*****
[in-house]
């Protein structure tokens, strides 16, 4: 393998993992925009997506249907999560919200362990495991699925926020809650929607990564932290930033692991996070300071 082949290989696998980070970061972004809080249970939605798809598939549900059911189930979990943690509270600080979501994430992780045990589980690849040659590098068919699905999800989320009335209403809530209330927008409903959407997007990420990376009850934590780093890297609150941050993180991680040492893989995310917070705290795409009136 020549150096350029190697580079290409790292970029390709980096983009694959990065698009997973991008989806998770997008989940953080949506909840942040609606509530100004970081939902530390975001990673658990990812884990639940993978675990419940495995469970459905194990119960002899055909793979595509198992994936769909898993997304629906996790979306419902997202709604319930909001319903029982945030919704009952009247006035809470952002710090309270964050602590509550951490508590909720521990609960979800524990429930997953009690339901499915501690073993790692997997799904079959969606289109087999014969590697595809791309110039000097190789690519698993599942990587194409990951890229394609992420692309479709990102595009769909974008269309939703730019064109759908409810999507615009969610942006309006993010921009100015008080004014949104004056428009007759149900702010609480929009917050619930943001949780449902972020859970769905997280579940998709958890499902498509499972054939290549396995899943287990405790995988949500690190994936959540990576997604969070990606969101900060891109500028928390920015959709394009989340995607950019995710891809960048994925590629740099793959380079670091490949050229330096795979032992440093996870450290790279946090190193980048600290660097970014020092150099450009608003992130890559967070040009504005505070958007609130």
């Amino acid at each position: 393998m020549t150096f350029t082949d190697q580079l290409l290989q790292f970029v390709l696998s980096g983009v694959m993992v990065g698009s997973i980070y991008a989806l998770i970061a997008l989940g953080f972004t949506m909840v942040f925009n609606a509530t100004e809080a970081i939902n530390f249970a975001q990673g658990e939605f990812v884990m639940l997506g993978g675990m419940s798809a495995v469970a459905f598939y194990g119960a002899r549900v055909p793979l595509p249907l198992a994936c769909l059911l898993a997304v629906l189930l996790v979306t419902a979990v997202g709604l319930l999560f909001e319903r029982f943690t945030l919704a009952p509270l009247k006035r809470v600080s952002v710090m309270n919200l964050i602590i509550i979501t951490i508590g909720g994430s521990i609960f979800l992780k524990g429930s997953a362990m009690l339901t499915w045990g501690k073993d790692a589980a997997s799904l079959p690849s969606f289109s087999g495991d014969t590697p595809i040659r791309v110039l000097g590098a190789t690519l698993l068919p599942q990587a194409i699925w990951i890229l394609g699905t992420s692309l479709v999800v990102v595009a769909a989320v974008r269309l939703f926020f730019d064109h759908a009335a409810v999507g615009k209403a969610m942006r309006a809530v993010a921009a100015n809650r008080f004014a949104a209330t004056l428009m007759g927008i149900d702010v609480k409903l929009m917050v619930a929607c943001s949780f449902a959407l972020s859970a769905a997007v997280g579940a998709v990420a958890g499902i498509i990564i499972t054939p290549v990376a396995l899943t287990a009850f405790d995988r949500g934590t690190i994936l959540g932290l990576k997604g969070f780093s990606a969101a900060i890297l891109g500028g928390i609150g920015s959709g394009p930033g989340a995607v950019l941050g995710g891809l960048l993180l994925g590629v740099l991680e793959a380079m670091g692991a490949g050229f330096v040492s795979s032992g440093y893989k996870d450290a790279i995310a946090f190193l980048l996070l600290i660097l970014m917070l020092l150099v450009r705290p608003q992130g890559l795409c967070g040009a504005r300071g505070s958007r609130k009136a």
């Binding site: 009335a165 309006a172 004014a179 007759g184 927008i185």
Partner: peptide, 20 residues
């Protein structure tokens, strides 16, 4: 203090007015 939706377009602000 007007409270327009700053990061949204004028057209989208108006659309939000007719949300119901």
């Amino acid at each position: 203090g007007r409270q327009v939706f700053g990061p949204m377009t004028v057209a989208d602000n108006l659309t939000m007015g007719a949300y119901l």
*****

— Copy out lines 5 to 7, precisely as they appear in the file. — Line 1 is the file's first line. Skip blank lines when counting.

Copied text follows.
Partner: peptide, 20 residues
């Protein structure tokens, strides 16, 4: 203090007015 939706377009602000 007007409270327009700053990061949204004028057209989208108006659309939000007719949300119901």
């Amino acid at each position: 203090g007007r409270q327009v939706f700053g990061p949204m377009t004028v057209a989208d602000n108006l659309t939000m007015g007719a949300y119901l």